Parsing your script's command line options from scratch is a pain. There is a function called getopt() which comes from C and is used in many languages such as Perl and Python to help you with this task. But it still requires quite a bit of manual work, and nowadays most scripting languages have gone beyond getopt to make command line options easy to process.
Optparse is a standard part of the Python library. Here is an example of its usage. We will create a function called process_args() that does most of the work.
from optparse import OptionParser
parser = OptionParser()
parser.add_option("-a", "--add", action="store_true", dest="add",
help="Add a name to my database.")
parser.add_option("-n", "--name", action="store", dest="name",
help="Name to add to my database.")
The first add_option() has an action "store_true" with a dest of add. This means that the option is a boolean with no arguments and will store the value of True in a variable called "add". You could also use "store_false" to create a boolean argument that stores a value of False.
The second add_option() has an action of "store", so it does take an argument, which it will put into the variable called "name".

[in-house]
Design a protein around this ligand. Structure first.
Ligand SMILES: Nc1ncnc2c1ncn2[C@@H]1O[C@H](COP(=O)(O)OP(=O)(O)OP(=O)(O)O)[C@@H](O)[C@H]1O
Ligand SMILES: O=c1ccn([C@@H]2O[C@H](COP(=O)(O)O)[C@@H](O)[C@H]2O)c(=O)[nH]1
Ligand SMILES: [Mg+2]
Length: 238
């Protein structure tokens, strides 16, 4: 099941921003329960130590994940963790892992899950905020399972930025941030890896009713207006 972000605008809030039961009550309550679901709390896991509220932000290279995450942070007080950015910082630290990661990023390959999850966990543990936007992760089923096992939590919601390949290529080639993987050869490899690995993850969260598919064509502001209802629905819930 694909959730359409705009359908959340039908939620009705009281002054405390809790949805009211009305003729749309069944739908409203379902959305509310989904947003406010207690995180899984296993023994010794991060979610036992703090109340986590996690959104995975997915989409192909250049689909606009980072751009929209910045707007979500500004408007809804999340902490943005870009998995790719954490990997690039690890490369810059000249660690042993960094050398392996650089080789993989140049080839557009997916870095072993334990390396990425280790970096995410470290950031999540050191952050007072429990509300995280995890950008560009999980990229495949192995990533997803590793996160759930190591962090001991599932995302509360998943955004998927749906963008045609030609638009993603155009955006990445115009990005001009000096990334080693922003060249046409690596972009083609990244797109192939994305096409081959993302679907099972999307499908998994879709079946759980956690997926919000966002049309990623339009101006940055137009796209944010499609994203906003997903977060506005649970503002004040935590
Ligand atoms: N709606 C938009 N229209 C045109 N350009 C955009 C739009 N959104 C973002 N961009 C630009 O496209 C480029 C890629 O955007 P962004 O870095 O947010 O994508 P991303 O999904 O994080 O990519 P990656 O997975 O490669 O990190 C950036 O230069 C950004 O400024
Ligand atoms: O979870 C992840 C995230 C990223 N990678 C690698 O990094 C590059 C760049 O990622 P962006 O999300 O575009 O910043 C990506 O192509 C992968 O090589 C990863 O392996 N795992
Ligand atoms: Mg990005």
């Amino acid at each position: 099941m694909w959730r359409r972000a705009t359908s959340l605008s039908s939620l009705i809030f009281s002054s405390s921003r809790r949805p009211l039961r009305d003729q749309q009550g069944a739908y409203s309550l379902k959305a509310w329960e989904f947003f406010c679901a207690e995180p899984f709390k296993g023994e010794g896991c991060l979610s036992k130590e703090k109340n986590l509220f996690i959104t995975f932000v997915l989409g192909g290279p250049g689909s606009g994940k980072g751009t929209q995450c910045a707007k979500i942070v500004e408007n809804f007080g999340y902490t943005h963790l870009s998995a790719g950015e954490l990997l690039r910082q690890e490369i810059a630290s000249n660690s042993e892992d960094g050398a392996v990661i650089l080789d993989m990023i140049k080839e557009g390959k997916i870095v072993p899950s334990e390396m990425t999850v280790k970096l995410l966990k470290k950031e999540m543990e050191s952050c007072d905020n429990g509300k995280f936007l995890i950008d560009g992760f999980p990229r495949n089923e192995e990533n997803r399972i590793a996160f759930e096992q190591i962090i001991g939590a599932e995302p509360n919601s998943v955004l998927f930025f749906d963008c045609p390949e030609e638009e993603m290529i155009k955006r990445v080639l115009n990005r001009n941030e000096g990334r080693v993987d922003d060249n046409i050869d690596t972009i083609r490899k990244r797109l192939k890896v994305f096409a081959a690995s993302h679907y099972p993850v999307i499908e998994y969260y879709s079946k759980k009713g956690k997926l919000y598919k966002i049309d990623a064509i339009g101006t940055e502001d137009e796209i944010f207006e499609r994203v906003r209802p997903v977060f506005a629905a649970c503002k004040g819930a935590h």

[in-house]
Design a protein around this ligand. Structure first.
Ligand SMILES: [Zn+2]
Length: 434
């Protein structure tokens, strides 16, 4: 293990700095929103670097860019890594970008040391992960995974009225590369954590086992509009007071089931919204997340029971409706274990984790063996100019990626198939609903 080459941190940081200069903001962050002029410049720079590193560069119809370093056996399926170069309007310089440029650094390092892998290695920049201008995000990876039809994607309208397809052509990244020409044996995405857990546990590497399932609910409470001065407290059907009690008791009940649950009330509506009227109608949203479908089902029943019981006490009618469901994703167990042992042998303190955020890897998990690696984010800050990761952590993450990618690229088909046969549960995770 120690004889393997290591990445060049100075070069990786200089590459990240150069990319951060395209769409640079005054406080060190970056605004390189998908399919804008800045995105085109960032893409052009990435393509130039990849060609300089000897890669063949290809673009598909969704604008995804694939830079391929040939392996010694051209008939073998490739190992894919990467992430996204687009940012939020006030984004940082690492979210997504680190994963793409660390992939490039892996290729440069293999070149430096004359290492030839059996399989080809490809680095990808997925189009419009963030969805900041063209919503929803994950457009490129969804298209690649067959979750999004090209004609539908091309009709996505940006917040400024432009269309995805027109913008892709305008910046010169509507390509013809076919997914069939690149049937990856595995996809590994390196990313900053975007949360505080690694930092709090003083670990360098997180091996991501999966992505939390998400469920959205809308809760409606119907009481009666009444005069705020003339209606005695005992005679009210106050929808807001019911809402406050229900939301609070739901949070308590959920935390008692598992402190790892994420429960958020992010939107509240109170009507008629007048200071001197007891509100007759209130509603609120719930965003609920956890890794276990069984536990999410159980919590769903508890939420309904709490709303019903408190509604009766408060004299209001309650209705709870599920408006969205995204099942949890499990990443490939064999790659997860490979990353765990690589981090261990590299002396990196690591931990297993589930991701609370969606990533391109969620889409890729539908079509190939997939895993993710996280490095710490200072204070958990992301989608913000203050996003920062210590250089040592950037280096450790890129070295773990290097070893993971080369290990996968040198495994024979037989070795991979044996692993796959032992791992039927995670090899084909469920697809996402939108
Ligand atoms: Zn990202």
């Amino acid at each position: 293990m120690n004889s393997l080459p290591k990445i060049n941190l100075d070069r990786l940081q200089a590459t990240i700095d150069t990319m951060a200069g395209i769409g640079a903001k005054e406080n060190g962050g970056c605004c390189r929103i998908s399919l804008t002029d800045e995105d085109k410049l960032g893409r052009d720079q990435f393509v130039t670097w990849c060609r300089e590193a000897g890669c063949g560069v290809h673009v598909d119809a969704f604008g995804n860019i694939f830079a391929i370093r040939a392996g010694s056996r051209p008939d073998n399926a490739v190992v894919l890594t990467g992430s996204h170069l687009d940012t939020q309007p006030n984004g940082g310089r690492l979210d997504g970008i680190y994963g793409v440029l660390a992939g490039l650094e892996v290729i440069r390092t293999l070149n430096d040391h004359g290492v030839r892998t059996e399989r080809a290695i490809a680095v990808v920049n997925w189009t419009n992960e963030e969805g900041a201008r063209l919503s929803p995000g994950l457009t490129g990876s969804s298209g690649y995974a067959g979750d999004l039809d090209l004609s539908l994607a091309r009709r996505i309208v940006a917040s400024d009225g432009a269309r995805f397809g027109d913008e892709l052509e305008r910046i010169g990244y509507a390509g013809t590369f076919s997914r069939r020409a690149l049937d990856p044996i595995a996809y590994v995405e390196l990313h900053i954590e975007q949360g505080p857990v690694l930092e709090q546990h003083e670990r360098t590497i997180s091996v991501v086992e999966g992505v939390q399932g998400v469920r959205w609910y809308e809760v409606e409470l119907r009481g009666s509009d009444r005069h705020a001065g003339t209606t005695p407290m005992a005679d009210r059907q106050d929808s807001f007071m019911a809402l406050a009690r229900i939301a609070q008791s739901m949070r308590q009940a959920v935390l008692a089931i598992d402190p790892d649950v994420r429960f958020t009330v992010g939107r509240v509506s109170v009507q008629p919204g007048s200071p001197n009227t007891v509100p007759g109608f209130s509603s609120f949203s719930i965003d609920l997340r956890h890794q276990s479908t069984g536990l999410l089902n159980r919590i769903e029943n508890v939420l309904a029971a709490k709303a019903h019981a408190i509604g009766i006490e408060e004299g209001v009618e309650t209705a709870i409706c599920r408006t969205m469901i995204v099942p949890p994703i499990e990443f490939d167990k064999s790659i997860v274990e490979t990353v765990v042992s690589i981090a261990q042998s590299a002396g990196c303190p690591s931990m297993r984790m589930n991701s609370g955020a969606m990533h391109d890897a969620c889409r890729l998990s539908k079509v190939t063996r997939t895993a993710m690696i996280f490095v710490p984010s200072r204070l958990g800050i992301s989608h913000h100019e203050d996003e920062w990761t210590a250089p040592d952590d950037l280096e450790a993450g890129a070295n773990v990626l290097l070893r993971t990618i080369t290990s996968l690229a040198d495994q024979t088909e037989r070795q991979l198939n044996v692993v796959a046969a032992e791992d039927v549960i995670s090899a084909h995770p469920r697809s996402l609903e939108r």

Now that you have created your parsing function, you can call it from your main routine.
(opts, args) = process_args()
if opts.add == True:
print "You used the --add option.\n"
if opts.name is not None:
print "You used the --name option with the argument of %s\n." % opts.name
I didn't need to tell it what to parse, because by default it parses ARGV. I also didn't use the second value returned by process_args. It is a list containg the arguments that you passed to your options.
A nice feature of Optparse is that it automatically creates a --help option based on the help strings you passed to add_option(). Here is what the help output looks like for our script.
$ ./myscript --help
usage: myscript [options]
-h, --help show this help message and exit
-a, --add Add a name to my database.
Name to add to my database.